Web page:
I was headed back to Las Vegas to call on the local Chevy dealers and get input for my weekly reports. The calls were pretty uneventful, until I got to the dealership owned by Fletcher Jones. Jones was a successful, multi-franchise dealer. His son now runs a very successful Mercedes dealership in Newport Beach, CA. I announced myself at the Chevy dealership reception desk. After a few minutes I was led into a massive office, festooned with sales awards, trophies, and autographed pictures of celebrities. I introduced myself. He asked me why I was visiting him. I said it was to provide “input to Detroit.” He then leaned across the desk and stared directly at me. “When is Chevrolet going to get it through their thick heads that Las Vegas is an important market to them and add us to their Top 25 market list so we can be part of their spot TV buys? Ford is killing us.” I had an answer. Sort of. I knew that Las Vegas was on the cusp. There were three markets all vying for the cherished final 25th spot. “Well, Mr. Jones, right now it’s close, Las Vegas is right in there..” “Humph,” he said, as he swung his chair around toward his credenza, picked up his phone and punched in three digits. He was speed dialing someone. I could hear someone answer. “Hey, Fletcher Jones here, I want to talk to Bob Lund.” For those who haven’t seen previous posts, Bob was a GM VP and General Manager of Chevrolet! “Hey Bobby, Fletcher Jones here. How are you and the wife? Yeah, still hot out here. When are you going to come visit? Bob, I need to ask you a question.” Jones turned to me and said, “Hey, what’s your name again?” I told him. “Bob, I have one of your Campbell-Ewald guys by the name of Tom Cavanagh here who says that you guys are adding us to the Spot Market list. Are you?” What if Lund said no? Was this how my career was to end…limping out of a dealership in Las Vegas? Maybe I’m not too old for med school. “You are!!! Bob, that’s great news. I’ll tell my local agency to plan around your buys. Take care, bye!” Bob Lund had just arbitrarily made the decision that our media scholars were slaving over. Fletcher Jones wheeled around toward me with a smile on his face. “Son,” he said, “sometimes you have to know when to push ’em.”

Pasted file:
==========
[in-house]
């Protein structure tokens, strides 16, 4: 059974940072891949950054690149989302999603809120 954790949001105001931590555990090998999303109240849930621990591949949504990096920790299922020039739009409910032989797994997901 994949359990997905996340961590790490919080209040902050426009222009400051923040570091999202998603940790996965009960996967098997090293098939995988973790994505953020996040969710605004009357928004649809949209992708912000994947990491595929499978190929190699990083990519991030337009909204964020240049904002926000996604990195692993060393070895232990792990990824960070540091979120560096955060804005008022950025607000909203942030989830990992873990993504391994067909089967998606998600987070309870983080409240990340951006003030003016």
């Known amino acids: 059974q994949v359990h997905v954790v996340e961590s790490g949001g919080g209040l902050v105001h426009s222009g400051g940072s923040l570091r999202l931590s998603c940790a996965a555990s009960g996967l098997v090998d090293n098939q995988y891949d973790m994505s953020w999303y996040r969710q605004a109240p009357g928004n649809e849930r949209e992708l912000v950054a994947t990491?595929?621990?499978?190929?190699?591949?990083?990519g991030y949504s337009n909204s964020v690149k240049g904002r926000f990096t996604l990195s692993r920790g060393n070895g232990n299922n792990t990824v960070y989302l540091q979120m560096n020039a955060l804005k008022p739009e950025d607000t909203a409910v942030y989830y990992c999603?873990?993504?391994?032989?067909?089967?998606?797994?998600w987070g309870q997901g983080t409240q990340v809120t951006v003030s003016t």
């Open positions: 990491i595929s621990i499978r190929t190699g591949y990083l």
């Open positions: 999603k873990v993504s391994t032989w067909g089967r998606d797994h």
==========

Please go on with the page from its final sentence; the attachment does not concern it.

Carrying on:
#3 WRAP YOURSELF WITH THE CLIENT
This example is pretty straightforward. Align yourself with powerful, or soon to be powerful, people who work at the client. Dick O’Connor, who started at Campbell-Ewald as a trainee in 1956, was the Chevy Account Director. He reported directly to Tom Adams, the chairman. As I had mentioned, being a field guy was the best way to pick up on rumors about change. Information leaks didn’t move from Detroit out, but from the field in. Chevy had just promoted a fellow to the job of General Sales Manager. It was their second highest position. His best agency buddy was Paul John, who worked for Dick O’Connor. The new GSM was traveling to all of the Chevy regions to meet the staffs and key dealers. Paul John accompanied him. My fellow field guys who had attended the meetings told me that Paul was being introduced as the Chevy Account Director!! What?? We had received no company memo. What was going on? The regional meetings ended just as Campbell-Ewald was calling us to Detroit for our field meetings. We were gathered in the conference room on the first morning, waiting to hear from our Field Director. Instead, in walked Tom Adams and Dick O’Connor. Tom spoke to us. “You may have heard some wild rumors out there that there is a new Account Director. Well, as long as I have anything to say about the running of this agency, Dick here is our Account Director.” That’s what we wanted to hear! We all applauded. Two days after I returned from the meetings, I got a copy of an all-company memo.
TO: The Staff
From: Tom Adams
Subject: Dick O’Connor Promotion
I am pleased and proud to announce the fact that, effective immediately, Dick O’Connor is being promoted to the position of Vice Chairman of Campbell-Ewald. Dick has served us for almost 20 years. In his new position, Dick will oversee the day-to-day operations of the agency as well as our business development activities. His skill and business acumen have proven to be great assets for this company. Through his leadership, our relationship with our Chevrolet client has grown ever stronger. Please join me in congratulating Dick on this well-earned promotion. By the way, Paul John takes over as Chevrolet Account Director.
Well, at least this meant that the client was happy.
Next: More Tales From The Darkside